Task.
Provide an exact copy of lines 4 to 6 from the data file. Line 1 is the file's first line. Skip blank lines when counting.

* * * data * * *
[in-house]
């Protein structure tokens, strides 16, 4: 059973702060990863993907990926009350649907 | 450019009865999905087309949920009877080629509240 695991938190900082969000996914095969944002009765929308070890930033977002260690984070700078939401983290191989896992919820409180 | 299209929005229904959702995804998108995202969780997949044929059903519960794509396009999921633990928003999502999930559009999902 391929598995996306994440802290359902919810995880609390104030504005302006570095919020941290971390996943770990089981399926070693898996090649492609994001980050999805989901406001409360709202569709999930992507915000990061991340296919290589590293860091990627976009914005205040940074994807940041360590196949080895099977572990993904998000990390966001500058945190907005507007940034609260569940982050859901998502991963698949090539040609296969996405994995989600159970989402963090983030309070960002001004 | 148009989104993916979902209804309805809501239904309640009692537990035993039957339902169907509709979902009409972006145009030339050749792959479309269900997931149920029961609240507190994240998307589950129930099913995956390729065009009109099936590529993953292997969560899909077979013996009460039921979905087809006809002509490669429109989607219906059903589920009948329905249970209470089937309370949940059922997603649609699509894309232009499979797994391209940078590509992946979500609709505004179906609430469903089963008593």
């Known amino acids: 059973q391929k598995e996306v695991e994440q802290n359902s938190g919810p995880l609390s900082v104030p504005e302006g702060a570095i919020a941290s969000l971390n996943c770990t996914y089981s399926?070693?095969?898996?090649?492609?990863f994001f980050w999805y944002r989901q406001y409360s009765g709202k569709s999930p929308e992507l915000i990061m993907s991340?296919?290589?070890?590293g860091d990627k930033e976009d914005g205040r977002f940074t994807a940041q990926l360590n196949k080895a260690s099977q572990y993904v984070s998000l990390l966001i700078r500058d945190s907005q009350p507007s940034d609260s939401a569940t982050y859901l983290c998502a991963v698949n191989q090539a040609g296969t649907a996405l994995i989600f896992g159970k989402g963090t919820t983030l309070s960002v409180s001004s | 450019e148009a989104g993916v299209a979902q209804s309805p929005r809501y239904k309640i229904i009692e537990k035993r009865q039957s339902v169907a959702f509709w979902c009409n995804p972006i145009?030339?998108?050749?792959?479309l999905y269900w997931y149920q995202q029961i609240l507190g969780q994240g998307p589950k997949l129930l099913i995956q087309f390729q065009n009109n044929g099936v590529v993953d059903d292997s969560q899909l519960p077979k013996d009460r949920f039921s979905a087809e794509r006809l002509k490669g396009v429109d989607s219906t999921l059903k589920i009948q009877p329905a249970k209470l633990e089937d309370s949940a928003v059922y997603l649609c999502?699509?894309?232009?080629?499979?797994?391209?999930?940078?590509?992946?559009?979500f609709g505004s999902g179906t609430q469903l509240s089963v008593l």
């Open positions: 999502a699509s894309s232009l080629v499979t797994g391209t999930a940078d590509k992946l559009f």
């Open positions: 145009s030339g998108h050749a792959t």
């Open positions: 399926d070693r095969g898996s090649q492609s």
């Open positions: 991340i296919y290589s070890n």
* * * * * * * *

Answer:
């Open positions: 999502a699509s894309s232009l080629v499979t797994g391209t999930a940078d590509k992946l559009f």
């Open positions: 145009s030339g998108h050749a792959t």
């Open positions: 399926d070693r095969g898996s090649q492609s």